Here are my answers to the most frequently asked questions I get from parents, teachers and teens. . .

Q: My adolescent already sees a therapist and a psychiatrist- why does he/she need group therapy?

A:  If your adolescent is showing a decrease in their anxiety and depression symptoms, engaging in their relationships and showing motivation at school then the current level of care may be enough for them.  However, if your adolescent is seeing a therapist weekly and a psychiatrist regularly for medication management, and is not improving and may even show escalating behaviors the Adolescent Skills Group can improve your current treatment plan.  The skills group provides an opportunity for adolescents to learn new behavior management skills and practice them with same aged peers.  The group also teaches you, the parent, these same skills so that you have new tools for working with your teen at home.  Completion of this group allows for a wealth of new techniques for your adolescent to manage their depression and anxiety and a feeling of mastery that adds to self-confidence and motivation.

Q: What's the difference between a child psychologist and other therapists?

A: A child psychologist has taken coursework focused specifically on providing therapy and cognitive, psychological and educational assessment to children and then dedicated their clinical training to practice what they have learned.  Child psychologists see therapy through a lens of developmental opportunity.  We identify ways for children to learn during moments of transition and adversity while monitoring emotional well-being.  Having a thorough understanding of a child's cognitive and emotional development is crucial to serving this population.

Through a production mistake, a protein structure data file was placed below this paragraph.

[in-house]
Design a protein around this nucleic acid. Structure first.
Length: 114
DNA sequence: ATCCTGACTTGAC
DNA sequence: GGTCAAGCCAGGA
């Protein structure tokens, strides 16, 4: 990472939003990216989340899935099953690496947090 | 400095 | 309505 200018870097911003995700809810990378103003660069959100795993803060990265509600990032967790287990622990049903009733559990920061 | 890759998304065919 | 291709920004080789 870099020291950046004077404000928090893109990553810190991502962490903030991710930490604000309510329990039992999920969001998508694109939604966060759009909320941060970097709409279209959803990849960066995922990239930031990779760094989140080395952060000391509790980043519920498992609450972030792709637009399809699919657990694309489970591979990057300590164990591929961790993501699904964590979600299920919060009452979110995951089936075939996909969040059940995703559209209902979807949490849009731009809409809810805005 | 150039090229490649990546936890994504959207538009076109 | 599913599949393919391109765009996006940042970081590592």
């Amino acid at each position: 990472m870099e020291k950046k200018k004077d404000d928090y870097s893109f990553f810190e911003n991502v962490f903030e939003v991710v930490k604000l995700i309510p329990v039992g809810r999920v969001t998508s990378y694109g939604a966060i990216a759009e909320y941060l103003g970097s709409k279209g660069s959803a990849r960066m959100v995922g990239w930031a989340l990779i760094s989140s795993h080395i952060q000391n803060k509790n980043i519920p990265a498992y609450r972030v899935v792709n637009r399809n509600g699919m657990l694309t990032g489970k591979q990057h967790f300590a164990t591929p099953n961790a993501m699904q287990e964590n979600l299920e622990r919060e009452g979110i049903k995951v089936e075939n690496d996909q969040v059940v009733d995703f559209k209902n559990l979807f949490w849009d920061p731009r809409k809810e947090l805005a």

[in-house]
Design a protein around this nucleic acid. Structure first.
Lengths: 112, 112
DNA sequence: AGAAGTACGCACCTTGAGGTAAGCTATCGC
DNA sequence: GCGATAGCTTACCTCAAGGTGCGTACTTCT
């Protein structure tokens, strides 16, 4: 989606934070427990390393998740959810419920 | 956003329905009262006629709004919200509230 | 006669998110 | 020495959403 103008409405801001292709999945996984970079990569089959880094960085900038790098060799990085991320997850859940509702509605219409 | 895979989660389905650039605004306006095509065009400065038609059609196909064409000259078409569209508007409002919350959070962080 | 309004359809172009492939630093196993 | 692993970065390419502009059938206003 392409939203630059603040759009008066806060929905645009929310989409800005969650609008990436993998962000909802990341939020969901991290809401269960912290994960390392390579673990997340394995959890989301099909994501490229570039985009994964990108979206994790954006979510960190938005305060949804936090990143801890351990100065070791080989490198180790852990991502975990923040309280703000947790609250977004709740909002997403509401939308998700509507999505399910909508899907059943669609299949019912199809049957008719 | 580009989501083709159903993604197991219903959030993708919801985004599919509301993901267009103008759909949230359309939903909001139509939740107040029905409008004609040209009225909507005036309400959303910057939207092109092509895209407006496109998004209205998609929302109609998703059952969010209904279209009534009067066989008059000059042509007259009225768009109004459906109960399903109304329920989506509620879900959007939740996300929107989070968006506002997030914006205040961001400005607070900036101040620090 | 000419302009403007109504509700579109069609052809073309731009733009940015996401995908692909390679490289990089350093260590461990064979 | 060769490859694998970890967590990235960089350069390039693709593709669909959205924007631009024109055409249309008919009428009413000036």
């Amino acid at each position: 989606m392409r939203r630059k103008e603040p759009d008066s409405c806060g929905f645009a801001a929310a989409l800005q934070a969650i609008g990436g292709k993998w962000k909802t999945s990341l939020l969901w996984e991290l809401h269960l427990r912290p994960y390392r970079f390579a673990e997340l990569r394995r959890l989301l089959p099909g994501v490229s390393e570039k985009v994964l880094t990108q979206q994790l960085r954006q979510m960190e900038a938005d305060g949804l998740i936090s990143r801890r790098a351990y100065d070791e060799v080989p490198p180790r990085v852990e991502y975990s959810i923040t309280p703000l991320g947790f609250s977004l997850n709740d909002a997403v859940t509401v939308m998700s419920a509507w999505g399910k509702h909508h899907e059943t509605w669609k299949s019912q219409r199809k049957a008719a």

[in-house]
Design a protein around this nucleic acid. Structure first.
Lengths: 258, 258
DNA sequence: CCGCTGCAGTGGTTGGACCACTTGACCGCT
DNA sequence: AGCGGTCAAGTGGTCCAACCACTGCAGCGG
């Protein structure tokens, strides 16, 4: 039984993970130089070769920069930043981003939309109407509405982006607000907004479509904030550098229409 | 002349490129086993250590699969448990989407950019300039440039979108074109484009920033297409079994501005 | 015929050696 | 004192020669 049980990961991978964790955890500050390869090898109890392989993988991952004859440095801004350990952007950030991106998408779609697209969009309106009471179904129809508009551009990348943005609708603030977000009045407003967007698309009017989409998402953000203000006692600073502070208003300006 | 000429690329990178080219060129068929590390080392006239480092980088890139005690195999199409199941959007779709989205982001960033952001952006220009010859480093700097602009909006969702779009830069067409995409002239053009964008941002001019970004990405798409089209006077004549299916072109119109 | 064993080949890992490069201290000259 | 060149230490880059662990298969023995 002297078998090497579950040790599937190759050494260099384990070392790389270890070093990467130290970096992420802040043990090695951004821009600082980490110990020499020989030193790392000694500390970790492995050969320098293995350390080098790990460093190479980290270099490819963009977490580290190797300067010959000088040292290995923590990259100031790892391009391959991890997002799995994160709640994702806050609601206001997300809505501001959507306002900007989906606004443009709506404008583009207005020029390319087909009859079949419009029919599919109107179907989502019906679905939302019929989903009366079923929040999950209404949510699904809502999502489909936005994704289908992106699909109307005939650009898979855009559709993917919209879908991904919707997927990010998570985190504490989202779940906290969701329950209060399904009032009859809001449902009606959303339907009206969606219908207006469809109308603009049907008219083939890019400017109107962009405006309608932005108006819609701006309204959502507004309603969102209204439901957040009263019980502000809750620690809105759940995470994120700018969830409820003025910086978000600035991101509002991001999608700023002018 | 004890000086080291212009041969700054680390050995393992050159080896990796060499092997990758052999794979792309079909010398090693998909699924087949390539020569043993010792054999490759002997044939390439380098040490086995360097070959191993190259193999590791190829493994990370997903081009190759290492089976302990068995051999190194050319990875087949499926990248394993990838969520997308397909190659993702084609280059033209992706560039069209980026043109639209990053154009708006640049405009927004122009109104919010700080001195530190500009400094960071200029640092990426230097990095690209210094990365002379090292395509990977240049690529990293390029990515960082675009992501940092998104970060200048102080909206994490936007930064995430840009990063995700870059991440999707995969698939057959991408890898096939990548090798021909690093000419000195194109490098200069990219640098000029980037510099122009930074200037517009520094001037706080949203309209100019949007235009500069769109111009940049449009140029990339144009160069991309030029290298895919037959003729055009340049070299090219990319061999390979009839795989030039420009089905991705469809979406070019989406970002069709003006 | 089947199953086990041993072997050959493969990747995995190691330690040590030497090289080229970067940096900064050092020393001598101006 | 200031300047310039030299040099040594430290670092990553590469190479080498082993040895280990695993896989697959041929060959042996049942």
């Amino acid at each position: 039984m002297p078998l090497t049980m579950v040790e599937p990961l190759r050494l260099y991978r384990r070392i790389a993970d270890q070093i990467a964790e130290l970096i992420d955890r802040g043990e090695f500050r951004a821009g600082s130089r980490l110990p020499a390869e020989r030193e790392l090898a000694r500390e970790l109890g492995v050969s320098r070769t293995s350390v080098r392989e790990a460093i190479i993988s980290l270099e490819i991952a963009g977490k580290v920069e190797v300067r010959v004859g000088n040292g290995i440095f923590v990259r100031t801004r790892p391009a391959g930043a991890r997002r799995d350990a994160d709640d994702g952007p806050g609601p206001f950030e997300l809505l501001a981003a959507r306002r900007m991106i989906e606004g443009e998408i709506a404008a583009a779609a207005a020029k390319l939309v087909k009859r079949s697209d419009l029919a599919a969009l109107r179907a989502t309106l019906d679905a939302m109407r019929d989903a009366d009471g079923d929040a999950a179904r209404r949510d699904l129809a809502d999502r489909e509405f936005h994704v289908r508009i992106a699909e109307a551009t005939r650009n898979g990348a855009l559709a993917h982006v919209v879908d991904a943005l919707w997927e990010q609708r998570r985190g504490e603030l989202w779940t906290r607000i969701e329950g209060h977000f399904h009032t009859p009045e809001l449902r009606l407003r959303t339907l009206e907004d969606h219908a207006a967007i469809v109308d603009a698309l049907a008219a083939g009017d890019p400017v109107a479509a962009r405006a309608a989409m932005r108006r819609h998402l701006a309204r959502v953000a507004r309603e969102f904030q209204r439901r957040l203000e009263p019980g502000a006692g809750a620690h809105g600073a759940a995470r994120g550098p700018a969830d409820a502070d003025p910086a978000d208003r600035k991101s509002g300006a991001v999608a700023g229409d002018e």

Q: Should a child therapist meet with parents too?

A: Absolutely.  You know your child better than anyone and you are the one that has noticed they are acting differently which is why you sought services.  If a therapist is not communicating with a parent regularly it is difficult to monitor how the child is doing in the world outside the therapy office.  It is possible and necessary for children and adolescents to feel that their privacy is respected in therapy while their therapist and parents have a consistent working relationship.  Often a main component of therapy is parent education and support- especially with the little ones!

Q: We make school and health a priority in our family because we care about our child's future.  So how important is it to talk about feelings?

A: Mental health is part of a child's foundational well being and affects physical health, cognitive development, relationships and emotional functioning.  When an individual is able to identify and manage their feelings in effective ways, what we term "emotional regulation", they have improved social and leadership skills, cognitive and academic success, problem-solving skills and are more likely to be resilient in a crisis situation.  Attributes of wellness and success we hope for all children.

Q: What is play therapy?

A: Play therapy is a style of therapy used to work with children.  Children use play to express themselves, manage their anxieties and find resolutions to problems they face.  As therapists, we use play to communicate with them in the language they are already using.  It is the least invasive way to gain entrance to a child's inner world.  A variety of tools are used, including sand tray, drawing, pretend play with toys, puppets and dolls, board games, storytelling etc., depending on the child's developmental age, interests and goals in therapy.

If you have your own questions I would be happy to speak with you personally.  Contact Dr. Kuzirian.